Letters to the editor policy: To submit a letter to the editor for possible inclusion in the paper, email us at letters@sanclementetimes.com. San Clemente Times reserves the right to edit reader-submitted letters for length and is not responsible for the claims made or the information written by the writers. Please limit your letters to 350 words. Online submissions may be longer. 

Roger Johnson, San Clemente 

  1. Q:  What city has more stranded nuclear waste than any other in the country?  A: San Clemente has by far the most of any city in the country.  With 1,773 tons of high-level uranium and plutonium in our backyard, we have 26% of the nation’s total.
  2. Q: Why is it considered to be in San Clemente and isn’t this a major threat to all cities for miles around?    A:  San Clemente is only 1.6 miles from SONGS and shares the same zip code.  The Nuclear Regulatory Commission officially lists San Clemente as the location of San Onofre:  https://courtney.house.gov/sites/courtney.house.gov/files/Nuclear%20Bill%20Chart.pdf  Other cities are in the same predicament which is why there is now a bill in Congress to offer compensation.  If passed, HR 3929 would award $24.1 million to San Clemente. Congressman Issa was asked to cosponsor this bill but he declined.
  3. Q: If it is called “spent” and “waste,” how can it be dangerous? A: The term “spent” fuel means only that its profitability is spent. It is still highly radioactive and extremely dangerous.
  4. Q. How do we put this amount of nuclear waste in perspective?   A.  Consider how much controversy there is over the 7 tons of spent nuclear fuel in Iran.  San Clemente has 250 times more than Iran.  Consider the almost 2,000 tons that we have and compare it to the grapefruit-size piece of uranium in the bomb that destroyed Hiroshima.  True, our uranium is not highly enriched but if enriched to weapons-grade fissile material it would be the equivalent of maybe 20,000 atomic bombs.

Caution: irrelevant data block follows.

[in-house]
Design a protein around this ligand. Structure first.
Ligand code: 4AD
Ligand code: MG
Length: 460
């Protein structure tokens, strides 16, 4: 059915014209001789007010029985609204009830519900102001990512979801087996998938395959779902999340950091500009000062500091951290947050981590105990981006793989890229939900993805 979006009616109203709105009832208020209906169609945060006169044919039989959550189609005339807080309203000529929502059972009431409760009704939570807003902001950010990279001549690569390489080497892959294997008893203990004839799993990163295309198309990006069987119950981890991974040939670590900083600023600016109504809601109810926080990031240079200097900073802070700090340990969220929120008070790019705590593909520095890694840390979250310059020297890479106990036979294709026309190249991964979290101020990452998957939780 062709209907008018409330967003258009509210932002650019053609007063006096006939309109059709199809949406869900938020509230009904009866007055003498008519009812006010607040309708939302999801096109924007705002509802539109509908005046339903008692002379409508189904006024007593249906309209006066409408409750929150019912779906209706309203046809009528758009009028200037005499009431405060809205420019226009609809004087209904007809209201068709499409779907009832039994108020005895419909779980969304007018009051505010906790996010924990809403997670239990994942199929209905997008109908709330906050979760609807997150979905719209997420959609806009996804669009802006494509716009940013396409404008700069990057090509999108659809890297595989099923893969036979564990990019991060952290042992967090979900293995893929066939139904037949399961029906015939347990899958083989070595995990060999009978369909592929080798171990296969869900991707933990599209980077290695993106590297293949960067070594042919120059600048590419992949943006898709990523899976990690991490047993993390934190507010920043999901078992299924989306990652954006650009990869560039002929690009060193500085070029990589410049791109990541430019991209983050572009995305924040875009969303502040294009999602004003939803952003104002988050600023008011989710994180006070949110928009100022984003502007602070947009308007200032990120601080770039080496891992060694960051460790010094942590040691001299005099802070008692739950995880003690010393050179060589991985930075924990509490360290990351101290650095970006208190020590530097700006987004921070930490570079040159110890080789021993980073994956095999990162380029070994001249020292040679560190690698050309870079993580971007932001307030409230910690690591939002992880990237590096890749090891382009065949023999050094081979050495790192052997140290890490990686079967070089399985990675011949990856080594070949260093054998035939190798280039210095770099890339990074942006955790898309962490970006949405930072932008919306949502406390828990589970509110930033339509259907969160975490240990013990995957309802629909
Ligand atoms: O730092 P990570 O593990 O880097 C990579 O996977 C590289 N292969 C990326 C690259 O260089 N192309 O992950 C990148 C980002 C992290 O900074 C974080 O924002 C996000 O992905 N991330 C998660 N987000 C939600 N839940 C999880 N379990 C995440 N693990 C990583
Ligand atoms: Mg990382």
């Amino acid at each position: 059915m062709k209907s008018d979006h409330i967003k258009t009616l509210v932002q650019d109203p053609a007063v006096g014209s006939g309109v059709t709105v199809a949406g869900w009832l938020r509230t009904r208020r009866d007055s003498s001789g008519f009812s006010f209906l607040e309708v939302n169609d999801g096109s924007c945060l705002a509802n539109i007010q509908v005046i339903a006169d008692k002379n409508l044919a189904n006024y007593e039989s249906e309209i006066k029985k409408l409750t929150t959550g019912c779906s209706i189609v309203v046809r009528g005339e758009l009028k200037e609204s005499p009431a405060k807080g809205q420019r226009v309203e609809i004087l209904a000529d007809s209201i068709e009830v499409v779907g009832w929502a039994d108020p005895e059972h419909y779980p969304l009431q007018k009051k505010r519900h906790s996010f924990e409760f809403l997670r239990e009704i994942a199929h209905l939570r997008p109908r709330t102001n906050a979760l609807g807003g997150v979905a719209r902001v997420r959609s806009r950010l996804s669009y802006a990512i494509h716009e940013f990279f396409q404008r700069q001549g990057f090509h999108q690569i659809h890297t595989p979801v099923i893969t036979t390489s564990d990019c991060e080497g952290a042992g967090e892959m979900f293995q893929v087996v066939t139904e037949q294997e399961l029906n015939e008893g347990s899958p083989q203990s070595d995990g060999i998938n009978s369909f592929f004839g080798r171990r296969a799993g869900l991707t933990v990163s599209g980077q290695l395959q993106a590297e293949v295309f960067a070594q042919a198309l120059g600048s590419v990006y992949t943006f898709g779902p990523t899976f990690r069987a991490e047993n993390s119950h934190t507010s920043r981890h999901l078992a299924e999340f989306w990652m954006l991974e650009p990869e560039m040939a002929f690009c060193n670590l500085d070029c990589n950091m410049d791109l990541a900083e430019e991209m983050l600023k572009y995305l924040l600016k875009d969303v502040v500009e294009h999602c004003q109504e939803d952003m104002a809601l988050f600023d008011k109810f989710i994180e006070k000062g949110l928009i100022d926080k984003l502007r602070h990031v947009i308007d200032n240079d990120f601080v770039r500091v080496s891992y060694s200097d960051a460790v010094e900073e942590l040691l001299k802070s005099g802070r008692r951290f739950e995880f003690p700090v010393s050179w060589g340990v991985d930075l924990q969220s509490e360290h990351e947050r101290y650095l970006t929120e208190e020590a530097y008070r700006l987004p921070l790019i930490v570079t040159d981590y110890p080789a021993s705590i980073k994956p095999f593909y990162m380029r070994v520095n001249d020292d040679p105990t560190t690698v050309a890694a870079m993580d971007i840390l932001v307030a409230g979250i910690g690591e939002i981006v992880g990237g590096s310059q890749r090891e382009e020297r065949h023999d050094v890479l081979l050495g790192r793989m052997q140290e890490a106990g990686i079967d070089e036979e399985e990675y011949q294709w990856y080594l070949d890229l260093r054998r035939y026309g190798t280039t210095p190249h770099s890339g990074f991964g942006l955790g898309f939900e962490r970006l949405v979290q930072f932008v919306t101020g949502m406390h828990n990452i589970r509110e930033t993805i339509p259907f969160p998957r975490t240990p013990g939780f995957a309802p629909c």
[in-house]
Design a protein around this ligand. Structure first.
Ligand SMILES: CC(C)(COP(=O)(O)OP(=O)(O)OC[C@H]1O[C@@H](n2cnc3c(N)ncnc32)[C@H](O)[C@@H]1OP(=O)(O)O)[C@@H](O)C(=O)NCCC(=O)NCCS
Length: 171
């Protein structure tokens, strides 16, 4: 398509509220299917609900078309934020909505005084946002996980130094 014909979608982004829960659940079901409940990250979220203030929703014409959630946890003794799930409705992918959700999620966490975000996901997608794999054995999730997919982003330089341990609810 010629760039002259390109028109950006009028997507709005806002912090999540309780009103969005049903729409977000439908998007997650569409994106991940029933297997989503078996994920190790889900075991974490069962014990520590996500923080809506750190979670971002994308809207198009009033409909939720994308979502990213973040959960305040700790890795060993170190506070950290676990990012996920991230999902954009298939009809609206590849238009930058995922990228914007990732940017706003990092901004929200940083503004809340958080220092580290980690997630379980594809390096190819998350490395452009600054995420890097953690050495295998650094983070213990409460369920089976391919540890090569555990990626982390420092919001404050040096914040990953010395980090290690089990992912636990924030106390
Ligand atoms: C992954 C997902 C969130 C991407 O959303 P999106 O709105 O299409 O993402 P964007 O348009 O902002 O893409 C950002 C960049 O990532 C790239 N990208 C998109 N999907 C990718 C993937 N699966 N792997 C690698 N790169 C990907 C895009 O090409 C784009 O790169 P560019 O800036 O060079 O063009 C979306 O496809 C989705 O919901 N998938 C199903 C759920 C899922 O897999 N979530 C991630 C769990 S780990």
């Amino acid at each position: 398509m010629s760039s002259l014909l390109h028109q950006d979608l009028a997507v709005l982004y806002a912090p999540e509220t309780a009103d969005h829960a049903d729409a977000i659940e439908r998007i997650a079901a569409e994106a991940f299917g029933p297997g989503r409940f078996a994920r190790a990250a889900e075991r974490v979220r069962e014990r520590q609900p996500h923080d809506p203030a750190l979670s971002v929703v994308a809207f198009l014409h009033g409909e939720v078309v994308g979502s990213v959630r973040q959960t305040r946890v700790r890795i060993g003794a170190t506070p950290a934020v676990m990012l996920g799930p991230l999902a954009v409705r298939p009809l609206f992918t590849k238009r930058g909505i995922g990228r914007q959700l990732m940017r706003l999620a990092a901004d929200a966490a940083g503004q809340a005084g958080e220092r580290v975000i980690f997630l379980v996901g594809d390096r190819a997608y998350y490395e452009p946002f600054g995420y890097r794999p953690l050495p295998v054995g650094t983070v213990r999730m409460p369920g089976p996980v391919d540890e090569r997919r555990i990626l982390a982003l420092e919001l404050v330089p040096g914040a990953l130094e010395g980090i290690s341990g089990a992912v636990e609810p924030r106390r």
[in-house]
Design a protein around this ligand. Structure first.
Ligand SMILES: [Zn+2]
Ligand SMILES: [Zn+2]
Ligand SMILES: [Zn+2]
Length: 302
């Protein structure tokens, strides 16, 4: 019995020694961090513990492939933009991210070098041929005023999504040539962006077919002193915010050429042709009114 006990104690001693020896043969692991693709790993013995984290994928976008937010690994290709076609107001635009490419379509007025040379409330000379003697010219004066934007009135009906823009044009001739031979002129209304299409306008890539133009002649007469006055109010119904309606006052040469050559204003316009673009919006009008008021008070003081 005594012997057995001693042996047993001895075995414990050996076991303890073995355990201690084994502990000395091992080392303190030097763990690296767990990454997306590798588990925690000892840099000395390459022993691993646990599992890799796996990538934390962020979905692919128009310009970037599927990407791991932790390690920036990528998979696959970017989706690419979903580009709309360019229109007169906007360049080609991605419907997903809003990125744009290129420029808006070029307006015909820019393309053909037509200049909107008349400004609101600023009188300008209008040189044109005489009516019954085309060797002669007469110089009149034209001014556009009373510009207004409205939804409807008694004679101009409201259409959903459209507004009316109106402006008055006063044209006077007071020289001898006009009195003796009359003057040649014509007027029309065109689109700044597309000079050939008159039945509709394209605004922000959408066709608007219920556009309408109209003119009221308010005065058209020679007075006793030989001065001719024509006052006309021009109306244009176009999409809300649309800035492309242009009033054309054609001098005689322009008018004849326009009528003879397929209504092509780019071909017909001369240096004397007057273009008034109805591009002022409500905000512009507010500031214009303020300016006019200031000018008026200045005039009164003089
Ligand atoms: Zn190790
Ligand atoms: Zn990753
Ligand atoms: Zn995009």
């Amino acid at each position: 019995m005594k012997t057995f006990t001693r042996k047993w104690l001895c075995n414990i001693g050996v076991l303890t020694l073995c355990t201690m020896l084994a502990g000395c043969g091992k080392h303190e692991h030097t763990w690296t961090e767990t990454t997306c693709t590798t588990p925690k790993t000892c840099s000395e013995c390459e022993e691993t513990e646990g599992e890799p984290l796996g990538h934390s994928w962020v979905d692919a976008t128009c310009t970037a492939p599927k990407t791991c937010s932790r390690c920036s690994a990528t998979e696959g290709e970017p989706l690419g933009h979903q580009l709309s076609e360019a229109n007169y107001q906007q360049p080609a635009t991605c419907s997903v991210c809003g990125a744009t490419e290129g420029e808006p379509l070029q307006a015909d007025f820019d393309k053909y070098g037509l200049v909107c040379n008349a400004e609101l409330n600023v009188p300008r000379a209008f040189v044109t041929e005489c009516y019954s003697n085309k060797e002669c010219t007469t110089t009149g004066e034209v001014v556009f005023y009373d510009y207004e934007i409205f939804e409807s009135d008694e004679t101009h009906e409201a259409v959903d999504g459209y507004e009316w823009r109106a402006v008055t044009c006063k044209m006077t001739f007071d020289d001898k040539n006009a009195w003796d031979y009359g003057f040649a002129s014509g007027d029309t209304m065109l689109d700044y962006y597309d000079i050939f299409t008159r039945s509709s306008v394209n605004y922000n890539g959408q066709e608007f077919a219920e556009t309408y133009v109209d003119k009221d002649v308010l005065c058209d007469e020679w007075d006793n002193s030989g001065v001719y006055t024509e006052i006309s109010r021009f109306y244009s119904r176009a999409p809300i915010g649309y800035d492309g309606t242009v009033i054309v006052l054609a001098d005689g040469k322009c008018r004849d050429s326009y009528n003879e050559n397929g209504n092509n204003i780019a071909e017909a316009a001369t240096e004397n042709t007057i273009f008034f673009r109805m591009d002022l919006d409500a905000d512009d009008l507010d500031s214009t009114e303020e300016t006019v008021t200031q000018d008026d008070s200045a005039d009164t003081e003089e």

5. Q.  When will our uranium and plutonium decay to safe levels?  A.  The half-life of P 239 is 24,100 years.  It will be somewhat safe in 10 half-lives (241, 000 years) and completely safe in 2,410,000 years.   U-235 has a half-life of 700 million years. You do the math.
  6. Q.   How will our waste be stored?  A.  Edison has just started moving uranium and plutonium from the cooling pools into thin stainless steel canisters.  There will be 123 canisters placed at the surface level a few hundred feet from the beach on one side and I-5 on the other.  The internal temperature will be about 500 degrees F.
  7. Q.   Are the canisters safe and how long will they last?  A.  The current “plan” is to leave them here indefinitely. But don’t worry, the manufacturer (Holtec International) warrantees them for 25 years (https://sanonofresafety.org/holtec-hi-storm-umax-nuclear-waste-dry-storage-system/).   In order to save money, Edison selected the cheaper thin canisters rather than the thicker ones they use in Europe.  Each canister has the potential to release more radiation than the Chernobyl catastrophe which sent plumes of radiation over northern Europe in 1986.  The technology is experimental and no one knows when the first canister will fail.  In a decade or two, the canisters might be deemed too fragile to move anywhere.
  8. Q.  Is there any progress in finding a permanent or even temporary storage site?  A. No.  The Republicans want to pass “screw Nevada” legislation as payback against Harry Reid even though Nevada produces no nuclear waste and has already suffered heavily from the 928 nuclear tests there. Yucca Mountain is not large enough to hold the nation’s nuclear waste.  It is also very close to Las Vegas and scientists have concluded it would contaminate underground water supplies.
  9. Q. Could there be a nuclear explosion?   A. No. There could be massive thermal explosions or criticality events but a nuclear explosion is unlikely. The real danger is radiation.  An event at SONGS could release into the prevailing winds radionuclides which emit deadly alpha, beta, and gamma radiation.  Gamma can penetrate anything including lead, steel, reinforced concrete, and that includes the roof of your house and the roof of your car. Although alpha radiation will not penetrate your skin, it becomes a deadly internal emitter if inhaled or swallowed.  Gamma goes right through your body and rearranges cell DNA leading to cancer.
  10. Q.  Is the demo work going to be safe? A.  Demolition has begun and will continue for a decade.  Radioactive monitoring outside the plant will be discontinued so the public will have no direct access to radiation levels.  At Hanford, it was recently revealed that demo work had to be halted because 42 workers were diagnosed with plutonium poisoning.  Plutonium dust also blew outside the plant and contaminated homes and cars.